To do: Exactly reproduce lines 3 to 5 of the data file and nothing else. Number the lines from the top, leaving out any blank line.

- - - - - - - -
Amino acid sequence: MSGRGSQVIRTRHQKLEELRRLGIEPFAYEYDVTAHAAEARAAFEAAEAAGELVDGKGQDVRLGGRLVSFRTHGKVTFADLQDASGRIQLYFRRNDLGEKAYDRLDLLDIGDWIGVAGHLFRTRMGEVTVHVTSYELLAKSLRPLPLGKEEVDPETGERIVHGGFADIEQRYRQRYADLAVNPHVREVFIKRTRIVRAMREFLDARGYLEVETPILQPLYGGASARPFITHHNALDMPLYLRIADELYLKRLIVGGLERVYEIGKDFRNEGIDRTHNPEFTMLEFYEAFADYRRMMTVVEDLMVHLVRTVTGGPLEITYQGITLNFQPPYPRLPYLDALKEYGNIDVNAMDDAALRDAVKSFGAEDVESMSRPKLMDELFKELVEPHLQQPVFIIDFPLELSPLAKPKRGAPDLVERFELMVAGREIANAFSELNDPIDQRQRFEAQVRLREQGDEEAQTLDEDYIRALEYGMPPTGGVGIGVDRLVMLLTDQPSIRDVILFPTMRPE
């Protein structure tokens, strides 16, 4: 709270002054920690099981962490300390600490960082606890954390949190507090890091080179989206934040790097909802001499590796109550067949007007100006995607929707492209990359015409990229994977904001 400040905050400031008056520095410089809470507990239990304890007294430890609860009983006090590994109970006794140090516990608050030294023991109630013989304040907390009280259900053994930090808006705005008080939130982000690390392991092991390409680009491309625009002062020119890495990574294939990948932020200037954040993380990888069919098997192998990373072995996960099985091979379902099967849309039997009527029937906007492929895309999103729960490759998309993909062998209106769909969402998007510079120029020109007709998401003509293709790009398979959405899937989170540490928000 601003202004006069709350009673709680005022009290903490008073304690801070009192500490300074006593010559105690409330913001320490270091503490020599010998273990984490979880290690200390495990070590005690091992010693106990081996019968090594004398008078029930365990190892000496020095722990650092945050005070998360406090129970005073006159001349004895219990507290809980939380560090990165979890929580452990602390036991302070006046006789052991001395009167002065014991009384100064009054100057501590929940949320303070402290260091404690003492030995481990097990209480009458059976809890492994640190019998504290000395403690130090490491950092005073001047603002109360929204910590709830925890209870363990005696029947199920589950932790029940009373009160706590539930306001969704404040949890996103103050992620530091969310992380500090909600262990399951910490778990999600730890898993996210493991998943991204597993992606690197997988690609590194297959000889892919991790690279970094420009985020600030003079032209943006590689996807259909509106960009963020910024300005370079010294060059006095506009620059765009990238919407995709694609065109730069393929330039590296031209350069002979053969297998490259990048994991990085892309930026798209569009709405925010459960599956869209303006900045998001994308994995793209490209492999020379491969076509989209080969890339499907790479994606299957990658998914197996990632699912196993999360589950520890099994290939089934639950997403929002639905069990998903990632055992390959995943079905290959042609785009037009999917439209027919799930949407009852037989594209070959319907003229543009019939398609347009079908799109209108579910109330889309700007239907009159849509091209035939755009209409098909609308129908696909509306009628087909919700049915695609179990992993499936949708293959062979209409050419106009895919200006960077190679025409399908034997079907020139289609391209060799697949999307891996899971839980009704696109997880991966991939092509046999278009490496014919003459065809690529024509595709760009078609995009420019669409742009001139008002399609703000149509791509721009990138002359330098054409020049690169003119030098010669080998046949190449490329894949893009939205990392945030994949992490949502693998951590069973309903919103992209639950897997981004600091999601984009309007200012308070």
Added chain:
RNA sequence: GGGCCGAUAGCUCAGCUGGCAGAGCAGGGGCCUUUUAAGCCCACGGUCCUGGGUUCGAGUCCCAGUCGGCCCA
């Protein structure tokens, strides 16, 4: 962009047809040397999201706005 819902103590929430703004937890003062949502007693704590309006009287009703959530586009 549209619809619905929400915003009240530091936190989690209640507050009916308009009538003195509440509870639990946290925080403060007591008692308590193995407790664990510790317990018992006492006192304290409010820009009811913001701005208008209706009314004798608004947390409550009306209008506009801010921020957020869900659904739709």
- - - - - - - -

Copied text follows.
Added chain:
RNA sequence: GGGCCGAUAGCUCAGCUGGCAGAGCAGGGGCCUUUUAAGCCCACGGUCCUGGGUUCGAGUCCCAGUCGGCCCA
């Protein structure tokens, strides 16, 4: 962009047809040397999201706005 819902103590929430703004937890003062949502007693704590309006009287009703959530586009 549209619809619905929400915003009240530091936190989690209640507050009916308009009538003195509440509870639990946290925080403060007591008692308590193995407790664990510790317990018992006492006192304290409010820009009811913001701005208008209706009314004798608004947390409550009306209008506009801010921020957020869900659904739709």